MACOMB COUNTY, Mich. – The Clinton River Watershed Council exists for one reason: to keep harmful pollutants out of our Metro Detroit waterways.
On Tuesday (May 30), the council partnered with a city in Macomb County for a unique project.
Under the sun’s harsh glare, volunteers in Center Line built gardens.
“It is definitely warm, but they guys have been working really hard today,” said Center Line Mayor Bob Vinson.
He was one of the volunteers.
“I won’t ask anybody to do anything I wouldn’t do myself,” Vinson said.
They built rain gardens aimed at protecting the Clinton River.
They planted nearly 1,000 native plants on the four corners of a recently repaved city parking lot that used to be prone to flooding.
“This allows us to capture that water, for those pollutants to be filtered out with the plant and the soil before it goes back eventually into the river,” said Clinton River Watershed Council Executive Director Jennifer Hill.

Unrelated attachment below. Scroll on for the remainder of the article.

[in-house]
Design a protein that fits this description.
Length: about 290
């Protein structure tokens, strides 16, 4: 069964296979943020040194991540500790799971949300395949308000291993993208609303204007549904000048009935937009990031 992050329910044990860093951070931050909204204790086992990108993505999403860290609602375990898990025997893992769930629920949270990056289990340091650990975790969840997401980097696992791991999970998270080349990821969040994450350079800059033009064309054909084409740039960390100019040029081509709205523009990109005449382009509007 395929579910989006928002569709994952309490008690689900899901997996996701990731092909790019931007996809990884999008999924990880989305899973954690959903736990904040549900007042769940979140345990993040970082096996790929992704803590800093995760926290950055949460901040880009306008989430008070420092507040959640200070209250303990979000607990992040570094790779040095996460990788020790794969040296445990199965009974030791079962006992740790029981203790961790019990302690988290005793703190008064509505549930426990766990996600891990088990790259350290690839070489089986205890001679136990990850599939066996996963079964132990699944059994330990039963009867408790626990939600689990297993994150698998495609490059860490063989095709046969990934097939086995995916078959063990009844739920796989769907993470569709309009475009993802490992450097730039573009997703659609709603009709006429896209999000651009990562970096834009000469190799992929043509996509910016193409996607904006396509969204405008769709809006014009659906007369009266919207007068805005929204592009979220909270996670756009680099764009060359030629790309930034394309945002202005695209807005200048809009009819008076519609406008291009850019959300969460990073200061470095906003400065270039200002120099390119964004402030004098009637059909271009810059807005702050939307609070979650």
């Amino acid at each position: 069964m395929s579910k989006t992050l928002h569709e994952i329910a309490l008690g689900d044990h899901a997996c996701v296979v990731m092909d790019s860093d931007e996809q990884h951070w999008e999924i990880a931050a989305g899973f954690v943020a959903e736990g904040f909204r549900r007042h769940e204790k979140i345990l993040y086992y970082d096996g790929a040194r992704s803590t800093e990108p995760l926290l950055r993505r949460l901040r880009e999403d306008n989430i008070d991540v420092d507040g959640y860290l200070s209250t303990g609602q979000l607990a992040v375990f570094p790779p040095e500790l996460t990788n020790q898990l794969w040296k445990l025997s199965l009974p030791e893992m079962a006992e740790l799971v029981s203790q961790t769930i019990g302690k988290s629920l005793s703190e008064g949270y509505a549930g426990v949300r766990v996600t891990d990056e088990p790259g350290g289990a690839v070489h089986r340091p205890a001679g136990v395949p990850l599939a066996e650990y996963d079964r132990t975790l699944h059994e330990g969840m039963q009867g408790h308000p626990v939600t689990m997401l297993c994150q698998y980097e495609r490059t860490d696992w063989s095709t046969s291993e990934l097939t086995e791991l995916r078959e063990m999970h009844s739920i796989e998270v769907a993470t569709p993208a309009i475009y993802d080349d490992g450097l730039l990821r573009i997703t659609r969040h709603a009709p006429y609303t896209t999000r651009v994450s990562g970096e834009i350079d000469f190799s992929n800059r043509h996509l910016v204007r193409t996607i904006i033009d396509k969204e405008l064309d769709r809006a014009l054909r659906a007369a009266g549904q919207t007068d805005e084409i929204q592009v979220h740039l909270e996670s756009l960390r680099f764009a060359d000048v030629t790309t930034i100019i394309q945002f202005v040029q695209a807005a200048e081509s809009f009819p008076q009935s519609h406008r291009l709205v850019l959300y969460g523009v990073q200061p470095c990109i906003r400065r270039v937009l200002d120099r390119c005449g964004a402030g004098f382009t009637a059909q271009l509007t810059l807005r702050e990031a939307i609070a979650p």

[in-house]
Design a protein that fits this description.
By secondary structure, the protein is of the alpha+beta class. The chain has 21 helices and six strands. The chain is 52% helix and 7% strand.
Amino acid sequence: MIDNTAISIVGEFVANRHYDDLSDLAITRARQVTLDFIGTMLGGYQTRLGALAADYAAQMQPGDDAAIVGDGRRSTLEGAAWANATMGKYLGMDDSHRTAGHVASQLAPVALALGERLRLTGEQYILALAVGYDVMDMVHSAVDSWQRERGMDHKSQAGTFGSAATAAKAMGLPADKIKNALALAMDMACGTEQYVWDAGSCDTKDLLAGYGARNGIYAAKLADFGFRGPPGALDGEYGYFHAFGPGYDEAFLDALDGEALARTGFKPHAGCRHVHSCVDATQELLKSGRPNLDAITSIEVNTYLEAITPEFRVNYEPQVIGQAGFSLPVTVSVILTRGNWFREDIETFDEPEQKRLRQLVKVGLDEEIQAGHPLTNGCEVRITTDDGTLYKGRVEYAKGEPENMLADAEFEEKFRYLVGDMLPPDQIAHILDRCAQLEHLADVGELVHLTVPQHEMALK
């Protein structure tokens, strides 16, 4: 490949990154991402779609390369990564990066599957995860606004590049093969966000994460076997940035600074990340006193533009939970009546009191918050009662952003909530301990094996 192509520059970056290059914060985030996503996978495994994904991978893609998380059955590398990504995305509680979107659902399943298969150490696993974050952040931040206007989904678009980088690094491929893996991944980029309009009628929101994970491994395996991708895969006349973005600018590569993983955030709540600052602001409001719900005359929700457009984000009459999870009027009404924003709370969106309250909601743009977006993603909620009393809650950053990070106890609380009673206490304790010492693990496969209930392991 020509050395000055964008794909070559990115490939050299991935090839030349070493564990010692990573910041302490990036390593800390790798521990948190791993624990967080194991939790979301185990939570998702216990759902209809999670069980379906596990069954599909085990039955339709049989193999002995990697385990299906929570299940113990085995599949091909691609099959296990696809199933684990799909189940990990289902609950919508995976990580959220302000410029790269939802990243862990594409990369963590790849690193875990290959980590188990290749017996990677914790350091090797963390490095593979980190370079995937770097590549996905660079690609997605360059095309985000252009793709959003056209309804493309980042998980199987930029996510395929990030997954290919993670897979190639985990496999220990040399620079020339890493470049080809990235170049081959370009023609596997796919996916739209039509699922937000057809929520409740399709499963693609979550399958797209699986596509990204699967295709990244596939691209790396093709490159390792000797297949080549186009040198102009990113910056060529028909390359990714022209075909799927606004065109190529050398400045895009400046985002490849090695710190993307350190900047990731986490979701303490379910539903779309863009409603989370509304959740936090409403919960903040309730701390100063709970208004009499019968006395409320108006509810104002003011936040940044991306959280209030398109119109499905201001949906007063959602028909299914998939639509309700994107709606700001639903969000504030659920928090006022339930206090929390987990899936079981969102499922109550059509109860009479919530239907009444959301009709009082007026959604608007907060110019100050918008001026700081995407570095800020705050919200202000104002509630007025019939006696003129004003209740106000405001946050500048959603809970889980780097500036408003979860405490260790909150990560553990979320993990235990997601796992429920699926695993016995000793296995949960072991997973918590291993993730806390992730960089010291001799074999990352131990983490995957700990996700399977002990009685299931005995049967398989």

The pollutants include oil from cars and salt in the winter.
The Clinton River watershed spans 760 square miles. It’s the most populated watershed in Michigan, with over 1.5 million people, according to the Clinton River Watershed Council.
The project is part of the CRWC’s Watertown program, which helps cities improve water quality.
“We have a lot of impervious surfaces here in the Clinton River watershed because it’s a highly populated area with a lot of development, so that means a lot of places where water can’t run into the ground,” Hill said.
Hill said that the gardens would make a big difference despite their size.
“This particular installation can trap 36,000 gallons of stormwater in one rain event, so a lot of water could be trapped by what are pretty small gardens,” Hill said.